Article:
Other than from my distracted guidance counselor in high school I’ve never personally heard an audible voice telling me what to do with my life. I merely have the inspired word of God with all things pertaining to life and godliness in it to help me determine if I’m called to teach. So for those of you who don’t have the red telephone some claim to use, I hope you find this helpful.

There are four widely recognized aspects to the biblical call to a teaching ministry in the church.”

Read Clint Archer’s post at:

http://thecripplegate.com/are-you-a-sheriff-with-a-plastic-badge-the-call-to-teach/


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A Cure for Spiritual Dullness

“Sometimes when my heart has been hard, dead, slothful, blind, and senseless, which indeed are sad frames for a poor Christian to be in, yet at such a time, when I have been in such a case, then has the blood of Christ, the precious blood of Christ, the admirable blood of the God of Heaven, that run out of His body when it did hang on the Cross, so softened, livened, quickened, and enlightened my soul, that truly, reader, I can say, O it makes me wonder!”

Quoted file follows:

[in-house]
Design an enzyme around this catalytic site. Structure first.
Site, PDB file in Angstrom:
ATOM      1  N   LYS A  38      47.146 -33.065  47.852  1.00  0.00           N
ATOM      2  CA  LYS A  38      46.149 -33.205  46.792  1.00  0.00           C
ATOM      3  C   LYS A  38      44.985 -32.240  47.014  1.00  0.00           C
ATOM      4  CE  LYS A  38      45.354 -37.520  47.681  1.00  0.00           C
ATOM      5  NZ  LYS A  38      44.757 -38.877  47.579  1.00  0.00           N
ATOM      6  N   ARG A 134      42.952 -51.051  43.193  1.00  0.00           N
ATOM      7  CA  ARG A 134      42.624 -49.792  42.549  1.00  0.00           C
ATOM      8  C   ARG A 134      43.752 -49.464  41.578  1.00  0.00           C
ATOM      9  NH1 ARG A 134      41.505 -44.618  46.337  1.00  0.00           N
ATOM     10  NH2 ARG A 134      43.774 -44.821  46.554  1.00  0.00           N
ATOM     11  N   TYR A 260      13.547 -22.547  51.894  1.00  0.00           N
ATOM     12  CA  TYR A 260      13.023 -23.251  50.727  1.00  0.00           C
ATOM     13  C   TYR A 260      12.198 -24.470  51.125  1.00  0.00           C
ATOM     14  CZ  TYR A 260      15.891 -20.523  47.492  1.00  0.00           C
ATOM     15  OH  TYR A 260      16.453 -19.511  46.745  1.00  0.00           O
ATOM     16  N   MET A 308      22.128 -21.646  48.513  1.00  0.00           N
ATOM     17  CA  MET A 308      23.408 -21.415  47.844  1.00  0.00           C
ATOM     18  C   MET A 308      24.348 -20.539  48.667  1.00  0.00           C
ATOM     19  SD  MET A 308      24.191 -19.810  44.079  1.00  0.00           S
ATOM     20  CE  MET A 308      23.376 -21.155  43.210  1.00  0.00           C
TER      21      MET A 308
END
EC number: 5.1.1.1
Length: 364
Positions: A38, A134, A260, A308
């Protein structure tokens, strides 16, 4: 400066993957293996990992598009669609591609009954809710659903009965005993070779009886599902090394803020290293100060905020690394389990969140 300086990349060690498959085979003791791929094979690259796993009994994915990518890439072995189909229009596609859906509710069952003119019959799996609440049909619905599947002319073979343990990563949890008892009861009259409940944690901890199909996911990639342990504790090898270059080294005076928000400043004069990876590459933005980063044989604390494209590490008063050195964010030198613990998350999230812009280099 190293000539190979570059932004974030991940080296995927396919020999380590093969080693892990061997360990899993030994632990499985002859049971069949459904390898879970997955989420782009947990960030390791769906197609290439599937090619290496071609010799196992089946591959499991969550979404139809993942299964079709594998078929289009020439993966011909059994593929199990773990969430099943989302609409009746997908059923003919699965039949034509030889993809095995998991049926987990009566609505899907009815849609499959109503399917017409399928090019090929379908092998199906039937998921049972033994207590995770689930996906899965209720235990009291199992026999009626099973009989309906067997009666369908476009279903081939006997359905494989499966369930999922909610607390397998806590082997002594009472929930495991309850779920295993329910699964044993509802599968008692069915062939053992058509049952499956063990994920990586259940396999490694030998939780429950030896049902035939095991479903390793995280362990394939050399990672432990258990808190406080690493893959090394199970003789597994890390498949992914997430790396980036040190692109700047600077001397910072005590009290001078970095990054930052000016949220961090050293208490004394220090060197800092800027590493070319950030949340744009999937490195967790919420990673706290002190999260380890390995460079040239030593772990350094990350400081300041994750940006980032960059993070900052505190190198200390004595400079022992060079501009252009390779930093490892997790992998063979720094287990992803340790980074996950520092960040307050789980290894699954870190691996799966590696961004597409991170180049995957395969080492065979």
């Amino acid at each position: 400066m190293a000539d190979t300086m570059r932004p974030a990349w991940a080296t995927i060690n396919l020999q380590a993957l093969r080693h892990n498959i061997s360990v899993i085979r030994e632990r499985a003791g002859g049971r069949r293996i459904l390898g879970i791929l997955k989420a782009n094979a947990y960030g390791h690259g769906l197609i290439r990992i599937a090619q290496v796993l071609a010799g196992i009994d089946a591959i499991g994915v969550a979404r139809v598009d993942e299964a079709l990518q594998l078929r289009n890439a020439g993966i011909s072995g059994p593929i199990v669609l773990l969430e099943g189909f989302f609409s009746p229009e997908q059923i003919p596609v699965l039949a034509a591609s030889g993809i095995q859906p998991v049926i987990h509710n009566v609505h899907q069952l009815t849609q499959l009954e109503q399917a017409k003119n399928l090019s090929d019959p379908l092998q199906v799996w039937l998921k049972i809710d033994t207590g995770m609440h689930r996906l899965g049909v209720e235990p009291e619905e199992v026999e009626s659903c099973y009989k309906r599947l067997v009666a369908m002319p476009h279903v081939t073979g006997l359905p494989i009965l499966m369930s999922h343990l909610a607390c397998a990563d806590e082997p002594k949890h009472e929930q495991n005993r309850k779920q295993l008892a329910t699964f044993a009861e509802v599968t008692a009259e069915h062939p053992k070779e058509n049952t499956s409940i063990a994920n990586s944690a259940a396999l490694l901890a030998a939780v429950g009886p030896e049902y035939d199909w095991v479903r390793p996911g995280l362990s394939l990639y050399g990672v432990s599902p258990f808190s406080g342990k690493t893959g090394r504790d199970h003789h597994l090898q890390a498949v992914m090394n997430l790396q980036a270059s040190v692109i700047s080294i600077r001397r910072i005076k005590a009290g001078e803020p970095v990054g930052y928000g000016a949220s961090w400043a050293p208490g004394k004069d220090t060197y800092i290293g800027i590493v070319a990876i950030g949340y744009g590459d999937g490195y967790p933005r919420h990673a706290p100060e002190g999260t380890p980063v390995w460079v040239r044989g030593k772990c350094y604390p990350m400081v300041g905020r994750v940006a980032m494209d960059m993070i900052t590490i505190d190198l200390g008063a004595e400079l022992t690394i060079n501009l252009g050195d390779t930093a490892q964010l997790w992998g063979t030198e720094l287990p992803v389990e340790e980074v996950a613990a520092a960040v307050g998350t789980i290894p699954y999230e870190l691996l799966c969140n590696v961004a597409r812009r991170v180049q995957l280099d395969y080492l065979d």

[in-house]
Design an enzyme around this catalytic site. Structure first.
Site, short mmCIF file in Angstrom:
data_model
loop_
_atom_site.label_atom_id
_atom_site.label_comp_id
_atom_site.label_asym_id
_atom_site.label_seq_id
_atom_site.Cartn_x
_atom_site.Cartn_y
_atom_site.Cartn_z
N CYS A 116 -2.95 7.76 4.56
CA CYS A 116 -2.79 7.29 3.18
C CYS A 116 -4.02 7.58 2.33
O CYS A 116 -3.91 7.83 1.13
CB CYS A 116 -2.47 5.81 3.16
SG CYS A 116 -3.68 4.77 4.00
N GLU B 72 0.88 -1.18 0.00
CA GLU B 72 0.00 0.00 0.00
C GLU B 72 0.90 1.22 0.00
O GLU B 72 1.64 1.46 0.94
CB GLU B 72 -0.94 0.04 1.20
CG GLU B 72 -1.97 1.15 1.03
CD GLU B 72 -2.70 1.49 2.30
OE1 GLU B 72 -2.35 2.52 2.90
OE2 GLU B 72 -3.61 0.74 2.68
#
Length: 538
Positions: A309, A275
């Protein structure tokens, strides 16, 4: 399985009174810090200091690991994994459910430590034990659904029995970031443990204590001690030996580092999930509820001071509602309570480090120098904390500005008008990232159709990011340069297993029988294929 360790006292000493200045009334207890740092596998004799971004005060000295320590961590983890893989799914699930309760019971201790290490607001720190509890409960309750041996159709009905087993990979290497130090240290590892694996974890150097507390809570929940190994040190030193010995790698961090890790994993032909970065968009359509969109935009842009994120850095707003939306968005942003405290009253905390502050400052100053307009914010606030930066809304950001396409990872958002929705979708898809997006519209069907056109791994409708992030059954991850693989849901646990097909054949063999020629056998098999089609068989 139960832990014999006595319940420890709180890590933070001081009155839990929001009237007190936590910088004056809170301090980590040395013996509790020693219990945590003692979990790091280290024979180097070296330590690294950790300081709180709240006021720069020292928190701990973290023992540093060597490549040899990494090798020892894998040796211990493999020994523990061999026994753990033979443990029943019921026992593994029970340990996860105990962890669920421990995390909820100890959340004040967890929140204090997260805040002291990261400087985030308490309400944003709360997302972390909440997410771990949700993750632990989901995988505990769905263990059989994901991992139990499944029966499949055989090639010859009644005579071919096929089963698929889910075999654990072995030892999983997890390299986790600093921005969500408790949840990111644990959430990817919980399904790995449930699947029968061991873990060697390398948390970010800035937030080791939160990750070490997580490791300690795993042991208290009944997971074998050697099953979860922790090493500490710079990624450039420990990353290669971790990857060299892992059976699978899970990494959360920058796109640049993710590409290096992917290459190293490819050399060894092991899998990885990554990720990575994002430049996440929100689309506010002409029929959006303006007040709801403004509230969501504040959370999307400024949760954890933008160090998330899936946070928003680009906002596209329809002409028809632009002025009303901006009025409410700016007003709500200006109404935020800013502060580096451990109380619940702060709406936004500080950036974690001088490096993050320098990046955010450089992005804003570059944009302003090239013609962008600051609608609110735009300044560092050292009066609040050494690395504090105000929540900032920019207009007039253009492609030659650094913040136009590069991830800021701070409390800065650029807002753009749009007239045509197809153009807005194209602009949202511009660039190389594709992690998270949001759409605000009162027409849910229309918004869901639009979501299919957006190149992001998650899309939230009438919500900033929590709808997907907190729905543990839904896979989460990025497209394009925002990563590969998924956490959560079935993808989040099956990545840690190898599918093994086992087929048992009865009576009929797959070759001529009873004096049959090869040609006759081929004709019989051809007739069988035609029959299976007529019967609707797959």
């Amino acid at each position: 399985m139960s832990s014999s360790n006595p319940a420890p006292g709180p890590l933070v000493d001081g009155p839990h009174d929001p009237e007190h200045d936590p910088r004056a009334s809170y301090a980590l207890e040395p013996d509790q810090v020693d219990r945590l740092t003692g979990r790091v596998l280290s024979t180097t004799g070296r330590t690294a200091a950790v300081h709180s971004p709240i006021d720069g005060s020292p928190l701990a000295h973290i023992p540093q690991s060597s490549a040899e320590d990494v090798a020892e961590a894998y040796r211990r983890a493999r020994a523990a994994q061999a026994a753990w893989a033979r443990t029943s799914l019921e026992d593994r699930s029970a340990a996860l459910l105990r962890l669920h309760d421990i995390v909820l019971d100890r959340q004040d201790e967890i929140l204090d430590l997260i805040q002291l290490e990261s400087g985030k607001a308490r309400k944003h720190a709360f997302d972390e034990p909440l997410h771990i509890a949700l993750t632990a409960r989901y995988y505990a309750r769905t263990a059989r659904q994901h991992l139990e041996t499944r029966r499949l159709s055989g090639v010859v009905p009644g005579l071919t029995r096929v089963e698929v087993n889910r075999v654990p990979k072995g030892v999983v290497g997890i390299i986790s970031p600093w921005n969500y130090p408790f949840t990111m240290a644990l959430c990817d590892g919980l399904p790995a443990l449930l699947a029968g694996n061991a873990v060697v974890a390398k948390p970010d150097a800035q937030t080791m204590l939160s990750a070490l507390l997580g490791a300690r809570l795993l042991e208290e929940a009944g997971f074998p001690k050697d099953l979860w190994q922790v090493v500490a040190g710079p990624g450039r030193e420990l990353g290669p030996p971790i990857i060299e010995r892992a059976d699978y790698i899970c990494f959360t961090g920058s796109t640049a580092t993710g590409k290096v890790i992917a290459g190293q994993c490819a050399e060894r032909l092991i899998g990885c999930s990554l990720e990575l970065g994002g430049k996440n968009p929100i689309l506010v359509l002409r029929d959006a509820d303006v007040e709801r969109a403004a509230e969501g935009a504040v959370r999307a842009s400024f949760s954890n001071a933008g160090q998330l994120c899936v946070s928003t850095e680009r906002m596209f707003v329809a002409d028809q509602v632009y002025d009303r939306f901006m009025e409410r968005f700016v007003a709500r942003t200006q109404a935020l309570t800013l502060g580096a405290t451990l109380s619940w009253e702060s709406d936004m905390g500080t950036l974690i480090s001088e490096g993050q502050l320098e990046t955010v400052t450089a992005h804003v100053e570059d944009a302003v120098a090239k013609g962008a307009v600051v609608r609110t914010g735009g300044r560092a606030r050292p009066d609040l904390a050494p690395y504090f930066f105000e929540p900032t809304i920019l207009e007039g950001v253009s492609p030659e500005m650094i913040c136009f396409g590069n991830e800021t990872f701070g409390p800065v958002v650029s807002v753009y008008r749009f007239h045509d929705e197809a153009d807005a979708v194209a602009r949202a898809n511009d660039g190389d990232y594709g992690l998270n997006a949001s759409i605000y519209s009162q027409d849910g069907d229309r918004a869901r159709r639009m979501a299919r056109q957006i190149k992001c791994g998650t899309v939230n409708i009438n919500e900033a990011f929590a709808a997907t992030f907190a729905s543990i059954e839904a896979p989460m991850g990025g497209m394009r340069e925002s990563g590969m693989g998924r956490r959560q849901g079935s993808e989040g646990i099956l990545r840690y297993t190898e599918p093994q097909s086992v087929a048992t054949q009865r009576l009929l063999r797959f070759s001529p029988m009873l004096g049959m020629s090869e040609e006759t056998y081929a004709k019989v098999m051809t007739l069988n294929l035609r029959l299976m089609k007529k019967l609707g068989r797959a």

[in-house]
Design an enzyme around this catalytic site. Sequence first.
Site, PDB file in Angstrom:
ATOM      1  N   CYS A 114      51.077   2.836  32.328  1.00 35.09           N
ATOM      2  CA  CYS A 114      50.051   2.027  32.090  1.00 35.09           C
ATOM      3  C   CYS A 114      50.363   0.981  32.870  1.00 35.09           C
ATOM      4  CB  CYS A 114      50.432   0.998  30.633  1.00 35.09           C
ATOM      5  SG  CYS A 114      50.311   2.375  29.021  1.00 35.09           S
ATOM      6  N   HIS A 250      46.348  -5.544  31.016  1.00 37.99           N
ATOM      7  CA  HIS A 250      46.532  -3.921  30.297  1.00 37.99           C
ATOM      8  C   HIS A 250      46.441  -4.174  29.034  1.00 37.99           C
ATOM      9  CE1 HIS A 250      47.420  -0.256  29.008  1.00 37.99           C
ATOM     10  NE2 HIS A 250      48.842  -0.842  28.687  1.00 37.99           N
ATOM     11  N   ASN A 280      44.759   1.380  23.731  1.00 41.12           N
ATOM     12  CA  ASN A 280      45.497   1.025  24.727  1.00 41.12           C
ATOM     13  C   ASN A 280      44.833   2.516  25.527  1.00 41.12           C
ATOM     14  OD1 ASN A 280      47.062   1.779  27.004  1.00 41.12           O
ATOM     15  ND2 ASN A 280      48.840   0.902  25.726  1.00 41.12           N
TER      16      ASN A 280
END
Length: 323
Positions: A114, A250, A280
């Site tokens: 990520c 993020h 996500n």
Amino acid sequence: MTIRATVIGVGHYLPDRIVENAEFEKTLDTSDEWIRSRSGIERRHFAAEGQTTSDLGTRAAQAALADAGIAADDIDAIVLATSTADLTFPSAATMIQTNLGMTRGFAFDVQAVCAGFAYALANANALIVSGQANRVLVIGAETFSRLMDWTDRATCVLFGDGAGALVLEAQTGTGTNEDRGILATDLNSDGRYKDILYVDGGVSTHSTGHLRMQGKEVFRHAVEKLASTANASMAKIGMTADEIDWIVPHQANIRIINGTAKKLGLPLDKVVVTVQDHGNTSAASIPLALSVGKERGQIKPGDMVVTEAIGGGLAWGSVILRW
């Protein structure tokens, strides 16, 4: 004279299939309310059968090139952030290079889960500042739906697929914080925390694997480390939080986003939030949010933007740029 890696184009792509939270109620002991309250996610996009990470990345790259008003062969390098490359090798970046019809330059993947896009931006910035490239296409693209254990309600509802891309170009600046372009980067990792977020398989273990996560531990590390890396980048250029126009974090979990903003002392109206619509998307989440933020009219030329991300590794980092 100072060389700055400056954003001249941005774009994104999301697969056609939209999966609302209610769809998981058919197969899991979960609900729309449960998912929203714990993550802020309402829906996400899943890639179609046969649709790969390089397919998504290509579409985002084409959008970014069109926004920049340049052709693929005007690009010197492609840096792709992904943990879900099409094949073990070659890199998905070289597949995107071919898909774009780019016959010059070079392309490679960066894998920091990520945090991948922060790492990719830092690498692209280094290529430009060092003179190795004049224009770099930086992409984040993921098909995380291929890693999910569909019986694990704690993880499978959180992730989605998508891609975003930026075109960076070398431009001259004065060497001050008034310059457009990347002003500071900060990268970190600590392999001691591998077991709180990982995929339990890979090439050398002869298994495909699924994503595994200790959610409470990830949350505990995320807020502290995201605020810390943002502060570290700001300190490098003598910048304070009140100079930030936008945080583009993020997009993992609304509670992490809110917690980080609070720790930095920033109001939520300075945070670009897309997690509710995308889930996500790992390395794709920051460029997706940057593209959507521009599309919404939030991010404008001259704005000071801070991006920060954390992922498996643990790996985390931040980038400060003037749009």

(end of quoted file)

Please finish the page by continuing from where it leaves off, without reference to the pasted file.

John Bunyan, The Doctrine of the Law and Grace Unfolded, 1708, 183.

http://www.desiringgod.org/blog/posts/do-you-feel-spiritually-dull–2

 


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The “Problems” with Biblical Prophecy

“Fulfilled prophecy is one of the strongest evidences for the truthfulness of the Bible and the authenticity of Jesus Christ.

Numerous Old Testament predictions were fulfilled perfectly in Christ. As the apostle Peter preached: “To Him all the prophets bear witness, that everyone who believes in Him receives forgiveness of sins through His name” (Acts 10:43).

Our Lord Himself, on the road to Emmaus, demonstrated how the Old Testament pointed to Him as the Messiah. “And beginning with Moses and all the Prophets, He interpreted to them in all the Scriptures the things concerning Himself” (Luke 24:27). Jesus’ life, which culminated in His death, burial, and resurrection, was the perfect fulfillment of God’s prior revelation (Matt. 5:17); everything took place “according to the Scriptures” (1 Cor. 15:3–4).

Though the evidence is overwhelming, unbelieving critics and skeptics raise objections nonetheless. In their unwillingness to embrace the truth, they propose alleged “problems” with biblical prophecy. But how are Christians to answer those kind of critical attacks?”

Nathan Busenitz addresses five common objections to Biblical prophecy here.

http://thecripplegate.com/the-problems-with-prophecy/